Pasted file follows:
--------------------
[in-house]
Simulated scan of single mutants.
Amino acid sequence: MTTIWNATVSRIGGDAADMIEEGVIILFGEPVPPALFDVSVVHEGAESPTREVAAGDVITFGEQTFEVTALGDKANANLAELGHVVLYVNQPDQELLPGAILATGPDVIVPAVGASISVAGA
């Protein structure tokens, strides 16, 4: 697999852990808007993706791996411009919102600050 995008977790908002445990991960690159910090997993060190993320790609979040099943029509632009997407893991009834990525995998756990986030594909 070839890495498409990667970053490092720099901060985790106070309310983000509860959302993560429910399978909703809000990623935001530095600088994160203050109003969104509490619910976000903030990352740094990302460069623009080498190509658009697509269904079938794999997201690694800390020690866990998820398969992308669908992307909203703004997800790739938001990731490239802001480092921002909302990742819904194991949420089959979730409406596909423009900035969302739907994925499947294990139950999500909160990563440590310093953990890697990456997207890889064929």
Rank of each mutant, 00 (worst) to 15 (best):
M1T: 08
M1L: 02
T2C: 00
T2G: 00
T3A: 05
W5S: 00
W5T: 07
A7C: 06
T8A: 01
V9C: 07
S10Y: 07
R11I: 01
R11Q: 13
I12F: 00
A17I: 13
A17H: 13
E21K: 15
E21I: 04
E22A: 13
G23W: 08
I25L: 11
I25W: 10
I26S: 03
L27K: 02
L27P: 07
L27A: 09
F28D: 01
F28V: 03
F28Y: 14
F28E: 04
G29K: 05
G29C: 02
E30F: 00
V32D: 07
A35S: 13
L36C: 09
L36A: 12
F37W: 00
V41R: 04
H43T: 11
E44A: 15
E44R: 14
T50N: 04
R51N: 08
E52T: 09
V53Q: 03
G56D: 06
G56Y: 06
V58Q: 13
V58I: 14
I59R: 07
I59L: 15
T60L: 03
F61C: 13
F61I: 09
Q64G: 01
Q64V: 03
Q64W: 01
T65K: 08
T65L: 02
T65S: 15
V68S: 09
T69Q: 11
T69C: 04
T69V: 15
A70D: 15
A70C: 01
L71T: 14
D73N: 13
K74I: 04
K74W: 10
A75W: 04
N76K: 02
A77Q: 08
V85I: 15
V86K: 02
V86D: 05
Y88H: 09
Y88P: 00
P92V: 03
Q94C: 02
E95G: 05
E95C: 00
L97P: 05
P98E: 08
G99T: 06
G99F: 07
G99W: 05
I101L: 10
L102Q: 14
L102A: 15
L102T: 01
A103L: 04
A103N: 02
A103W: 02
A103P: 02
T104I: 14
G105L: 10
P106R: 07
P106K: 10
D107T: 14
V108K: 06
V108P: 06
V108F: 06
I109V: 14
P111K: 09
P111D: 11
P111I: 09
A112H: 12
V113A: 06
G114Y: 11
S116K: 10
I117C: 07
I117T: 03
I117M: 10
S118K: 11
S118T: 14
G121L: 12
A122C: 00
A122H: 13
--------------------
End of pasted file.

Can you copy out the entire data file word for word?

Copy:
[in-house]
Simulated scan of single mutants.
Amino acid sequence: MTTIWNATVSRIGGDAADMIEEGVIILFGEPVPPALFDVSVVHEGAESPTREVAAGDVITFGEQTFEVTALGDKANANLAELGHVVLYVNQPDQELLPGAILATGPDVIVPAVGASISVAGA
């Protein structure tokens, strides 16, 4: 697999852990808007993706791996411009919102600050 995008977790908002445990991960690159910090997993060190993320790609979040099943029509632009997407893991009834990525995998756990986030594909 070839890495498409990667970053490092720099901060985790106070309310983000509860959302993560429910399978909703809000990623935001530095600088994160203050109003969104509490619910976000903030990352740094990302460069623009080498190509658009697509269904079938794999997201690694800390020690866990998820398969992308669908992307909203703004997800790739938001990731490239802001480092921002909302990742819904194991949420089959979730409406596909423009900035969302739907994925499947294990139950999500909160990563440590310093953990890697990456997207890889064929």
Rank of each mutant, 00 (worst) to 15 (best):
M1T: 08
M1L: 02
T2C: 00
T2G: 00
T3A: 05
W5S: 00
W5T: 07
A7C: 06
T8A: 01
V9C: 07
S10Y: 07
R11I: 01
R11Q: 13
I12F: 00
A17I: 13
A17H: 13
E21K: 15
E21I: 04
E22A: 13
G23W: 08
I25L: 11
I25W: 10
I26S: 03
L27K: 02
L27P: 07
L27A: 09
F28D: 01
F28V: 03
F28Y: 14
F28E: 04
G29K: 05
G29C: 02
E30F: 00
V32D: 07
A35S: 13
L36C: 09
L36A: 12
F37W: 00
V41R: 04
H43T: 11
E44A: 15
E44R: 14
T50N: 04
R51N: 08
E52T: 09
V53Q: 03
G56D: 06
G56Y: 06
V58Q: 13
V58I: 14
I59R: 07
I59L: 15
T60L: 03
F61C: 13
F61I: 09
Q64G: 01
Q64V: 03
Q64W: 01
T65K: 08
T65L: 02
T65S: 15
V68S: 09
T69Q: 11
T69C: 04
T69V: 15
A70D: 15
A70C: 01
L71T: 14
D73N: 13
K74I: 04
K74W: 10
A75W: 04
N76K: 02
A77Q: 08
V85I: 15
V86K: 02
V86D: 05
Y88H: 09
Y88P: 00
P92V: 03
Q94C: 02
E95G: 05
E95C: 00
L97P: 05
P98E: 08
G99T: 06
G99F: 07
G99W: 05
I101L: 10
L102Q: 14
L102A: 15
L102T: 01
A103L: 04
A103N: 02
A103W: 02
A103P: 02
T104I: 14
G105L: 10
P106R: 07
P106K: 10
D107T: 14
V108K: 06
V108P: 06
V108F: 06
I109V: 14
P111K: 09
P111D: 11
P111I: 09
A112H: 12
V113A: 06
G114Y: 11
S116K: 10
I117C: 07
I117T: 03
I117M: 10
S118K: 11
S118T: 14
G121L: 12
A122C: 00
A122H: 13